Tuesday, March 26, 2013

Angkor Wat

Angkor Wat (City Temple) was built in the Khmer capital city by king Suryavarman II in the early 12th century as his state temple. It is the largest Hindu temple complex and the largest religious monument in the world. 

Angkor Wat predates the Buddhist temple Bayon built by king Jayavarman VII in the late 12th century (see posting: Angkor Thom and the Bayon).

Dedicated to the Hindu god Vishnu, king Suryavarman II broke with the tradition of previous kings who dedicated their temples to 
the Hindu god Shiva.  

Angkor Wat has remained a significant religious center since its foundation – first Hindu, then Buddhist. It has become a symbol of Cambodia, appearing on its national flag, and it is the country's prime attraction for visitors.

Angkor Wat is oriented to the west rather than the east. This has led many to conclude that Suryavarman intended it to serve as his funerary temple.

The five towers of Angkor WAt

Sang, our local cambodian guide and Anya, our trip leader

Khmer Rouge bullet holes

The central structure is fashioned like Mount Meru where the Gods live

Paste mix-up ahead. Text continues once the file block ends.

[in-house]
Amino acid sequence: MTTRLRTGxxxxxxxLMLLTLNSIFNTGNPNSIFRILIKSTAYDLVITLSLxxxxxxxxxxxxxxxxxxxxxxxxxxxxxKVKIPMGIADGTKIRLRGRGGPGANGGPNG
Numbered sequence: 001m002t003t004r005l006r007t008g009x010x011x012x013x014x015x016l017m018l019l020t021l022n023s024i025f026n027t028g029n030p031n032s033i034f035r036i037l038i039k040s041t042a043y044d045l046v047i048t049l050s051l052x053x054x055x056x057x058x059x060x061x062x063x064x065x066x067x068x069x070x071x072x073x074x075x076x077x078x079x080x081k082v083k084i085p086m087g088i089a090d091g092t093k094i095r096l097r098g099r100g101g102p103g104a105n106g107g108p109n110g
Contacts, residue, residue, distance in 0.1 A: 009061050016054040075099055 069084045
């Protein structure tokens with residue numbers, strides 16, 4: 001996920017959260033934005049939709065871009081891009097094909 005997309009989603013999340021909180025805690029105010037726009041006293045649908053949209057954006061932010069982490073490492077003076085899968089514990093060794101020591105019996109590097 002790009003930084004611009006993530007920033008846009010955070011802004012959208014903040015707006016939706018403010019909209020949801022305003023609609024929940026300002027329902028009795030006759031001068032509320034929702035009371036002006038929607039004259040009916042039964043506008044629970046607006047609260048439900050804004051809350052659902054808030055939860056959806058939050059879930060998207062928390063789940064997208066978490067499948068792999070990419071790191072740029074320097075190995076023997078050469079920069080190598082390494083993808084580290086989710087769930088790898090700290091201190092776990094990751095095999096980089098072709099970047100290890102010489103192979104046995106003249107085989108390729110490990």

The stairway to the Mount is very steep
The back staircase: 44 steep steps

Up with the gods

Tower detail

Buddha sitting on the coils of the Naga and protected by it's seven heads

Tower detail, restored

Integrated with the architecture of the building, and one of the causes for its fame is Angkor Wat's extensive decoration, which predominantly takes the form of bas-relief friezes.

Devatas are characteristic of the Angkor Wat style. There are many different headdresses, hand positions, and clothing ornamentation.

Perhaps the artisan's wife insisted that he include his mother-in-law (third from left)

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